Ophthalmic nurses in vision centres in Bangladesh
Bangladesh has adopted a structured approach to train general nurses as vision technicians, in order to address the shortage of trained eye care professionals in rural areas.
In Bangladesh, eye care services are provided by the government, private hospitals, and local and international non-governmental organisations. However, access and coverage are still inadequate, as most ophthalmologists are located in urban areas, whereas 63 per cent of the country’s population resides in rural areas. The current cataract surgical rate is 1,950 while the rate needed to address the backlog as well as new (incident) cases is estimated at 6,000. The Cataract Surgical Rate (CSR) is defined as the number of cataract operations done per million population per year. Bangladesh requires a robust, scalable, and innovative solution to meet the need for cataract surgery and other eye services in the country. The health ministry therefore adopted a model developed by the Aravind Eye Care System. Under the model, trained ophthalmic personnel at the institute’s telemedicine enabled vision centres (VCs) will offer eye care services at the primary level.
The government decided to integrate primary eye care in the portfolio of primary health care services by setting up community vision centres. After making the necessary budgetary allocation, the government appointed a senior team consisting of the Director: National Institute of Ophthalmology, senior ophthalmologists, and heads of teaching hospitals in Bangladesh, to visit Aravind Eye Hospital in India. The team studied Aravind’s Vision Centre model in detail and developed a strategic road map for implementing a similar model in Bangladesh.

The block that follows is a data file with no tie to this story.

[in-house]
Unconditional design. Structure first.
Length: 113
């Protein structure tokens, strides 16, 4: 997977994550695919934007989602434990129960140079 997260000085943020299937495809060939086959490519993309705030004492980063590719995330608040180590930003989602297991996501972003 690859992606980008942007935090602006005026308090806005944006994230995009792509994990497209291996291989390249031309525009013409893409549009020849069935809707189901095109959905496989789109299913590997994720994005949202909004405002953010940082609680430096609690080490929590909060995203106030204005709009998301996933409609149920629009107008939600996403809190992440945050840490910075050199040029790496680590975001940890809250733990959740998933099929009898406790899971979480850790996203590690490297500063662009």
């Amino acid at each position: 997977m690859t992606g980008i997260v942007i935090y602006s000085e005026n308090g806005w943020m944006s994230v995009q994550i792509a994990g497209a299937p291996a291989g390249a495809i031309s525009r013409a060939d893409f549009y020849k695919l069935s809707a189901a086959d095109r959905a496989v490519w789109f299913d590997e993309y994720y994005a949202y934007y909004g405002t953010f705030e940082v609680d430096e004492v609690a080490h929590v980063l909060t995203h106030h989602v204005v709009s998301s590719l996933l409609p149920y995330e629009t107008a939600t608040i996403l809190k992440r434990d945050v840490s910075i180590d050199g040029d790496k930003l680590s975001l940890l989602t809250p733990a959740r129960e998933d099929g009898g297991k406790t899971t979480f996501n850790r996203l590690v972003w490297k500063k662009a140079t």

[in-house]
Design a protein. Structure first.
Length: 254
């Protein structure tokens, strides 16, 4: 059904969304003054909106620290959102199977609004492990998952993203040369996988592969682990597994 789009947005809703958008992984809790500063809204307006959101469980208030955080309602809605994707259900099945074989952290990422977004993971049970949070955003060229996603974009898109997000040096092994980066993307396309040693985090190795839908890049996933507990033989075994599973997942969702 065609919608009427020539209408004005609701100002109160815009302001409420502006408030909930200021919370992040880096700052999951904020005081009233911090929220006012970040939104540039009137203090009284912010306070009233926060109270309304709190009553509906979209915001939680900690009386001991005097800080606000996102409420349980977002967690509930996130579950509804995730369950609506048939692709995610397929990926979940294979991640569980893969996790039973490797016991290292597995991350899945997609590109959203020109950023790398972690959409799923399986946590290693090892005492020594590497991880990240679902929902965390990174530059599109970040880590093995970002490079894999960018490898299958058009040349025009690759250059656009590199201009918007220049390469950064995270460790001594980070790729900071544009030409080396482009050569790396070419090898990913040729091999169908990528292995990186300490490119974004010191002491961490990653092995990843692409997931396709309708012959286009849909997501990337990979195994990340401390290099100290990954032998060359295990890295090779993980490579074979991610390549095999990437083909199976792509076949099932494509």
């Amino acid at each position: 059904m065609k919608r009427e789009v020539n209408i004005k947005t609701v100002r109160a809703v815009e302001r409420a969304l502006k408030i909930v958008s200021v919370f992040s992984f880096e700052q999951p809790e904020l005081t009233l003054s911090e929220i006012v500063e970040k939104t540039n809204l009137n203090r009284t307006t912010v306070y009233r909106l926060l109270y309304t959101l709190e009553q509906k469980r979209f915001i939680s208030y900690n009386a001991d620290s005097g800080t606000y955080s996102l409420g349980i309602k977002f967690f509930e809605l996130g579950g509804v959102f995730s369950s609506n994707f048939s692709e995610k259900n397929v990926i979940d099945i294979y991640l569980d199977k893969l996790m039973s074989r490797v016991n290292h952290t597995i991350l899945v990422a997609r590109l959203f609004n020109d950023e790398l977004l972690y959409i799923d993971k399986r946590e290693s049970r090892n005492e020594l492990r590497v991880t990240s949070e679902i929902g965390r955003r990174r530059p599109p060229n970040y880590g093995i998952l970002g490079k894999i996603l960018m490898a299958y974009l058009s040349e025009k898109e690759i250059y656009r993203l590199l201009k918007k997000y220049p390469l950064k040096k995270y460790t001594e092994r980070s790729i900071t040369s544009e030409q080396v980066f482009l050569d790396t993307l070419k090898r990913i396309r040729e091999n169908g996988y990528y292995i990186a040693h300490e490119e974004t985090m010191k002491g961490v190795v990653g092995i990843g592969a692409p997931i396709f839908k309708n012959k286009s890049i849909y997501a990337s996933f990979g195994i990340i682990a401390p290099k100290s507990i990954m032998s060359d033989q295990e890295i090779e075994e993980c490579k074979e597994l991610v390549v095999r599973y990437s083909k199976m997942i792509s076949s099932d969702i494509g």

The team decided to set up the first 20 community vision centres around a government tertiary eye hospital which would provide tele consultation services, provide surgery, advanced investigations, and treatment to patients referred by the community vision centres. The team also decided that the community vision centers should be established in Upazila health complexes. Upazila refers to the third administrative level in Bangladesh and each of these covers a population of 100,000 – 200,000 people. The plan is to have a vision centre in each of the 500 Upazilas eventually.
Bangladesh has sufficient general nurses trained, available, and are working in various Government health care facilities. Hence, the team decided to select and train general nurses as vision technicians to work at the vision centres. The selection criteria, although strict, was designed to maximise staff retention. Nurses had to:
- live near the Upazil a health complex
- be willing to learn new skills and switch to a career in ophthalmology
- be aged between 25 and 40 years.
The nurses who were selected had to undergo two months of intense training at the National Institute for Ophthalmology in Bangladesh.This covered:
- basic eye care
- anatomy and functions of the eye
- handling of basic ophthalmic equipment
- visual acuity measurement
- subjective refraction
- identification of common eye conditions.
After training the nurses were assessed for their knowledge and skills. This was followed by a 45-day intense training programme at Aravind Eye Hospital, the mentoring institute and its vision centres. This program provided hands-on training in the following areas: